Street co-naming system needs an overhaul
May 17, 2011 | 5091 views | 0 0 comments | 49 49 recommendations | email to a friend | print
Who deserves to have a street co-named after them, and who doesn't? The question has become a hot topic of late, and should get new attention after a proposal was made to co-name a Forest Hills street after former Congresswoman Geraldine Ferraro, who died in March.

The issue was raised at a recent Queens community board meeting, after complaints were made about the increase in street co-namings in recent years, especially after 9/11. The dispute comes one year after Queens CB12 rejected a proposal to co-name a street after slain police officer John Scarangella, who was killed on the job in 1981.

The vote stirred controversy because the same community board approved the co-naming of a street after police shooting victim Sean Bell. If a civilian victim of violence was honored, the argument went, why not a police officer, too?

The City Council overruled the board, and honored the fallen cop with a street sign. Afterwards, Adjoa Gzifa, the board's longtime chairwoman and an outspoken critic of the city's willy-nilly co-naming process, was removed from her post.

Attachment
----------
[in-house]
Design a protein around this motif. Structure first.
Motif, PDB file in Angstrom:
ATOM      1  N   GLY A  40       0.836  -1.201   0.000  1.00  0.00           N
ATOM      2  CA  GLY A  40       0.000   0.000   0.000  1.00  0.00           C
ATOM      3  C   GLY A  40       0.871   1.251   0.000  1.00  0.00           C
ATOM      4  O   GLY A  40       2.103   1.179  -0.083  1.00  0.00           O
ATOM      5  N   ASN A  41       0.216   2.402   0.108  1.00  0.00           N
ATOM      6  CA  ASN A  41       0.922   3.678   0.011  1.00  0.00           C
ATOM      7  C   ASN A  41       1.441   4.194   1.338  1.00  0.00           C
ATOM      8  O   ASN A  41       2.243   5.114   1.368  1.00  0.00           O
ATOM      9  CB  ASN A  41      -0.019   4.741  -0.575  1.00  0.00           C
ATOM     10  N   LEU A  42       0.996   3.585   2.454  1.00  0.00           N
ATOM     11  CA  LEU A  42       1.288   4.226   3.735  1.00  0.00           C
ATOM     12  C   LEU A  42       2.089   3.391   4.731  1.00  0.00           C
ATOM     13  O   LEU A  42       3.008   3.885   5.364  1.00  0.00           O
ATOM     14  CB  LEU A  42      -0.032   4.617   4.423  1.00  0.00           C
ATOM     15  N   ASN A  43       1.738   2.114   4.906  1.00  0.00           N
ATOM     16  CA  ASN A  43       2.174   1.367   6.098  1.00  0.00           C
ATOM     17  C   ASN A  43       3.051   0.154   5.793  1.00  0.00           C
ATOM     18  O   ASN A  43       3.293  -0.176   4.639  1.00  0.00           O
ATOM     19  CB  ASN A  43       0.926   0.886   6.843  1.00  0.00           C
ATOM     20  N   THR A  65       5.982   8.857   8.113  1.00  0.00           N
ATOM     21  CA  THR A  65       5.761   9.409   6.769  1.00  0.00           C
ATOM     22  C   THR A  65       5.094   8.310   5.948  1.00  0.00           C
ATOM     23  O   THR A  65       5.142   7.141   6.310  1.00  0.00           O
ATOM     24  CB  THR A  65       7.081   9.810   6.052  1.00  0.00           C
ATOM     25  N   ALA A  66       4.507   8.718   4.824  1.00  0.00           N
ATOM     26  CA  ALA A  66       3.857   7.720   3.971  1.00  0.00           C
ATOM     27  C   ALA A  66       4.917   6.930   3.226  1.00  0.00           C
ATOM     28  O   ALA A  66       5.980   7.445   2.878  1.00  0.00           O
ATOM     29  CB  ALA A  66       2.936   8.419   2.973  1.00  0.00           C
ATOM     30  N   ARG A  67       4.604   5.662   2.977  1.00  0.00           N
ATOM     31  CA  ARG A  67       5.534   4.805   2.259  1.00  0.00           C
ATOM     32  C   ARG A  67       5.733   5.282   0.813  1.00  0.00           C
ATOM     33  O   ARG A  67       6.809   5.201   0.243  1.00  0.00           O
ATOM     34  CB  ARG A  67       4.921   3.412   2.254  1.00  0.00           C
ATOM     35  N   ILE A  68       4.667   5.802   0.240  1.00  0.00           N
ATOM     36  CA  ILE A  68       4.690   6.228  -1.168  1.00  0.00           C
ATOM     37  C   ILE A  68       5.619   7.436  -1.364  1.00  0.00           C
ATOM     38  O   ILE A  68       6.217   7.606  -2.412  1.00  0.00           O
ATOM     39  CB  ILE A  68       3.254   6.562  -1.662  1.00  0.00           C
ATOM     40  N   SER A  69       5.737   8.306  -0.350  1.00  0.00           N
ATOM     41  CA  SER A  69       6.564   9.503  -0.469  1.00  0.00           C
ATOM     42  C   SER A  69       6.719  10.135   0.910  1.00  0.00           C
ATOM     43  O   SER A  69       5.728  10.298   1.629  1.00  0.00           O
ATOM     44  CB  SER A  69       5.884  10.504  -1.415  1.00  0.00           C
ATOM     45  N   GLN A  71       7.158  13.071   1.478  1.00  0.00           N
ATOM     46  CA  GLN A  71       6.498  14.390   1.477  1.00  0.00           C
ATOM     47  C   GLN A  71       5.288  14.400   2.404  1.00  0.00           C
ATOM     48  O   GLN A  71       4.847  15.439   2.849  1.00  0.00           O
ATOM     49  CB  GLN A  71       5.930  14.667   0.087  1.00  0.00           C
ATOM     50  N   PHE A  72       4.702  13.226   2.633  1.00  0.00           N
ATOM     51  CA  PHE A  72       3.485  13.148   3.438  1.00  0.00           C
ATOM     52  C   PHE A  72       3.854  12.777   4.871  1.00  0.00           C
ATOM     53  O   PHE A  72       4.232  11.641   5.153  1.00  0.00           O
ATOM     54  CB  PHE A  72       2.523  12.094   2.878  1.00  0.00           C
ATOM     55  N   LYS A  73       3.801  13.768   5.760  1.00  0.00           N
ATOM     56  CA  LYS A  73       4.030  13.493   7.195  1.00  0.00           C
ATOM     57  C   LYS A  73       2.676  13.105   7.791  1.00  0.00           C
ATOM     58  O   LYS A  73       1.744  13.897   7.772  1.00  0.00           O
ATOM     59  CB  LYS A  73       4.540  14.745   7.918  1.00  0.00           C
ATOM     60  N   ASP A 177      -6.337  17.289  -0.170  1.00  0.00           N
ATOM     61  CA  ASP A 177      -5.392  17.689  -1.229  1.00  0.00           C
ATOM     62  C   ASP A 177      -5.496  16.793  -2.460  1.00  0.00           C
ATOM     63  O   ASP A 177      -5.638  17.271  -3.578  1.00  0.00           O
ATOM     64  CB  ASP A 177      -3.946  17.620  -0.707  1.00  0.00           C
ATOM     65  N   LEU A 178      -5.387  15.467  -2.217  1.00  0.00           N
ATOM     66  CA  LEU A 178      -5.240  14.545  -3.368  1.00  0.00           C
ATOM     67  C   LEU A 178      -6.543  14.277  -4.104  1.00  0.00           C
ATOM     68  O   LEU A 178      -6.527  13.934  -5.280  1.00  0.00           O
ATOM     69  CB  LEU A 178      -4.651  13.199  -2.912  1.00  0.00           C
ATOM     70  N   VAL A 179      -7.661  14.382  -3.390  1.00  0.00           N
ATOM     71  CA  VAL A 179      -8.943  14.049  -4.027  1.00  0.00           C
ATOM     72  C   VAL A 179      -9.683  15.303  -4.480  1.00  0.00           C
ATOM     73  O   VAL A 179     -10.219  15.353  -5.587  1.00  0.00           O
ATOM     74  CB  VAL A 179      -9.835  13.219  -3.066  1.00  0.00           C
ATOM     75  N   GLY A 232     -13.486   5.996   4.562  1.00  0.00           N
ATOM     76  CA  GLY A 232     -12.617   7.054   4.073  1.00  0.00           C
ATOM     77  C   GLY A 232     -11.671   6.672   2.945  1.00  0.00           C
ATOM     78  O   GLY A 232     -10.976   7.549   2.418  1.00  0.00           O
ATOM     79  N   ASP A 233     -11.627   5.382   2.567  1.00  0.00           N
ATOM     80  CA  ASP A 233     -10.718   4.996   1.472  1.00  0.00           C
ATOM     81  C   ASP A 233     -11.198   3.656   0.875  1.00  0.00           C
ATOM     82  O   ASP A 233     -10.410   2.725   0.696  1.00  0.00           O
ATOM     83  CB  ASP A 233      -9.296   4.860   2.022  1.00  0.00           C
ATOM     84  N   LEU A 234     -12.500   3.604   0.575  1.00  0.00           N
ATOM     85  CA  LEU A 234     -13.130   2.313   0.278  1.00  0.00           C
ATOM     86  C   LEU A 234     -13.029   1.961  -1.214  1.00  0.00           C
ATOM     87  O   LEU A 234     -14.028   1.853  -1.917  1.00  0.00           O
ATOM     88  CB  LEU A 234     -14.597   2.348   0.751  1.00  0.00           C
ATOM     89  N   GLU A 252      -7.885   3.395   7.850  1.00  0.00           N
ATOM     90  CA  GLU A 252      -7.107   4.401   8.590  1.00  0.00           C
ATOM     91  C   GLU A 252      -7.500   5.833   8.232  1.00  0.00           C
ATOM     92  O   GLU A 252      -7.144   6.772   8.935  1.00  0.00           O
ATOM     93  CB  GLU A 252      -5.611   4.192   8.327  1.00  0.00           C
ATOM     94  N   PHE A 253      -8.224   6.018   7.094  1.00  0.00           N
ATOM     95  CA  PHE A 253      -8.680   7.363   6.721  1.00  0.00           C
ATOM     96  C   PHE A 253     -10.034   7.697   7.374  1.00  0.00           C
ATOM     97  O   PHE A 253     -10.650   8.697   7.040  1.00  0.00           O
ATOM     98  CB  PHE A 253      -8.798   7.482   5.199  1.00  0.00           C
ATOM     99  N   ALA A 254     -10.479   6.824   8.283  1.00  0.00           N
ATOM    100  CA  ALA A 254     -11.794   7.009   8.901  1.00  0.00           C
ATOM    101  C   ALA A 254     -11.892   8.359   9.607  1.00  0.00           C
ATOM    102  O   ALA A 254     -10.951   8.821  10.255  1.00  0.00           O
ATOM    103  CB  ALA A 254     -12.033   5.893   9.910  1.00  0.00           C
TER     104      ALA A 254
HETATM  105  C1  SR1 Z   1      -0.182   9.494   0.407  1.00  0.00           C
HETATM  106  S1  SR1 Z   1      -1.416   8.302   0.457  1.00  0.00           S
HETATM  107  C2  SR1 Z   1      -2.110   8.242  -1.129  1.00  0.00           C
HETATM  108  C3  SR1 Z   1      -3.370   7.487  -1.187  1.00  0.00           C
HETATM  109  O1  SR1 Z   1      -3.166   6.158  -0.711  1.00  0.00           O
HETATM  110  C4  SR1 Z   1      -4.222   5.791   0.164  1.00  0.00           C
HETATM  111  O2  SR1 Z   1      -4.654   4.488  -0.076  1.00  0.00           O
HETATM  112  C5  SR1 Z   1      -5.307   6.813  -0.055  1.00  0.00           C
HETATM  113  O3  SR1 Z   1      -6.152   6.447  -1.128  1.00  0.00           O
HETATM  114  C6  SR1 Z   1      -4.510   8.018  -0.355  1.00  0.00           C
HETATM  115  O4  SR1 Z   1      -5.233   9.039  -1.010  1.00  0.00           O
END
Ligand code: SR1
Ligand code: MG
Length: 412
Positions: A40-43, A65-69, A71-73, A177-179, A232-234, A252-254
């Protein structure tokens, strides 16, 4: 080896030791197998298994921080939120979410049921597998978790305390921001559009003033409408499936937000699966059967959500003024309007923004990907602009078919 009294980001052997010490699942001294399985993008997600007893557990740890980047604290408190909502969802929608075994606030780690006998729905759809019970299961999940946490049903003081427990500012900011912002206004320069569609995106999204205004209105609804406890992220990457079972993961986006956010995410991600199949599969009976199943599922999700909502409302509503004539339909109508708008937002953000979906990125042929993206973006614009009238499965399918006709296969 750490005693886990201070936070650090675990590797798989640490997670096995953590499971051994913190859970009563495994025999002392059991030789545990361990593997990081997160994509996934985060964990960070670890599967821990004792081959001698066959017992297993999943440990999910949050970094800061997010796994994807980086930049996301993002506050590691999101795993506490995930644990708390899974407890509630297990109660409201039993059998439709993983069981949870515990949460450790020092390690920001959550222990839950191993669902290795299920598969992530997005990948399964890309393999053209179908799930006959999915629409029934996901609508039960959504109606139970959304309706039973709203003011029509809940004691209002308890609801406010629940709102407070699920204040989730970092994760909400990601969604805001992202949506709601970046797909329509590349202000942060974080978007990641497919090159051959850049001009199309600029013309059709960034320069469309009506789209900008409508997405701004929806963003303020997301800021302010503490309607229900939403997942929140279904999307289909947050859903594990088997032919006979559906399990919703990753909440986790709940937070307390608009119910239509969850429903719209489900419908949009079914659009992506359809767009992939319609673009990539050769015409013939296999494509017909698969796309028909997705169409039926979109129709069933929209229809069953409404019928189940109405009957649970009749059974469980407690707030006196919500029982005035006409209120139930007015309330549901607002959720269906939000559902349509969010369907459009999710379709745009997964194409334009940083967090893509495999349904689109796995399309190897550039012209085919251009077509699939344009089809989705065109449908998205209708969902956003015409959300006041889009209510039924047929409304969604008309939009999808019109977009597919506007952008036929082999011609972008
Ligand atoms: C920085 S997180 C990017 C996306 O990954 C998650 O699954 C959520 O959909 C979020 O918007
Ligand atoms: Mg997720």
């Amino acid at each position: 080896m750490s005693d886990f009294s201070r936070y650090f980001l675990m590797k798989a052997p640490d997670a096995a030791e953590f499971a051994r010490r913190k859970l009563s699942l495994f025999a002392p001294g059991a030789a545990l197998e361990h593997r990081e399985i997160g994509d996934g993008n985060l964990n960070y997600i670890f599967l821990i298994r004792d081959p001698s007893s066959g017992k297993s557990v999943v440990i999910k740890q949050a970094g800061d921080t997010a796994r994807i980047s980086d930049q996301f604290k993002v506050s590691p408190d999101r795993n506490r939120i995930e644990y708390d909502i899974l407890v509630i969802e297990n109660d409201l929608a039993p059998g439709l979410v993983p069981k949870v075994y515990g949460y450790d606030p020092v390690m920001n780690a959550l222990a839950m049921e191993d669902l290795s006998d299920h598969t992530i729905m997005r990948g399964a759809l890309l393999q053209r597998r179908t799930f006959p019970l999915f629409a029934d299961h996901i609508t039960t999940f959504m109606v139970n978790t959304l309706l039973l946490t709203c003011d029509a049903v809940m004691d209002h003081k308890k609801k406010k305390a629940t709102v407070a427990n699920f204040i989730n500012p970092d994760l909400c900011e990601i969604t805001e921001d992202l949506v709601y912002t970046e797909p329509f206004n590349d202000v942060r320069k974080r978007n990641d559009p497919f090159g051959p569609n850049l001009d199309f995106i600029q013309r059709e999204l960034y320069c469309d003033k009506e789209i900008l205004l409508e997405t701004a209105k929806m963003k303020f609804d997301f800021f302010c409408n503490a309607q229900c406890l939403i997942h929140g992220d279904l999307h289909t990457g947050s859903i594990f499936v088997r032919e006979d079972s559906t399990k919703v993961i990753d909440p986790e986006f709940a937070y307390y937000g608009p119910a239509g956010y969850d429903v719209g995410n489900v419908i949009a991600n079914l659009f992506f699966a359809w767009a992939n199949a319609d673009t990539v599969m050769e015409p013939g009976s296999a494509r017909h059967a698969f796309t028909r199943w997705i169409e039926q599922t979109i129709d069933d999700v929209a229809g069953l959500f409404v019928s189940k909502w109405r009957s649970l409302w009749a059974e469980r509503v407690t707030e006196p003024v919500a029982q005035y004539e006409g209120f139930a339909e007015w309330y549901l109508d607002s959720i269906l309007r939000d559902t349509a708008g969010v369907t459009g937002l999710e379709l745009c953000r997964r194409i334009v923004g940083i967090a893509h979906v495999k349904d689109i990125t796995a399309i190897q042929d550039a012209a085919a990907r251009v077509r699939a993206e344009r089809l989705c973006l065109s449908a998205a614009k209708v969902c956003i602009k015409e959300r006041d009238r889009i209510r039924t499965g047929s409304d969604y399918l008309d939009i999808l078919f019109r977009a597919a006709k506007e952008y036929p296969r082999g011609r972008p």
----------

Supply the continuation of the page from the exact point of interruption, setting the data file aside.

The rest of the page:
Her removal was a strong statement in support of the status quo. But was she all that wrong in questioning a system that is arduous, divisive and seemingly way too random?

Take Ferraro, for example. No one would argue that the first female vice presidential nominee of a major party doesn't deserve a plaque bearing her name on Austin Street. Compared to her lofty achievements, the honor is small potatoes.

But things get trickier in less open-and-shut cases.

Most co-namings are for regular people who had an extraordinary impact on their block or neighborhood, usually through a lifetime of volunteer work and community service. In theory, an objective analysis of whether or not they deserve the honor is easy, but this rarely plays out in practice.

Here's why: in many cases community boards who vote on co-naming proposals were familiar with the individuals when they were living, either personally or through friends and family, or by reading about their clubs, civic groups and charity events in the local press.

So they bring their own feelings to the table. Differences of opinion inevitably crop up, as do difference in values across a community. Some people think cops who are killed in the line of duty were just doing their jobs; others believe they paid the ultimate sacrifice.

Because these divisions can never be truly resolved, the city needs to rethink its policy towards street co-namings. We need better across-the-board criteria for judging a person nominated for such an honor, and, just maybe, a new approval process altogether.

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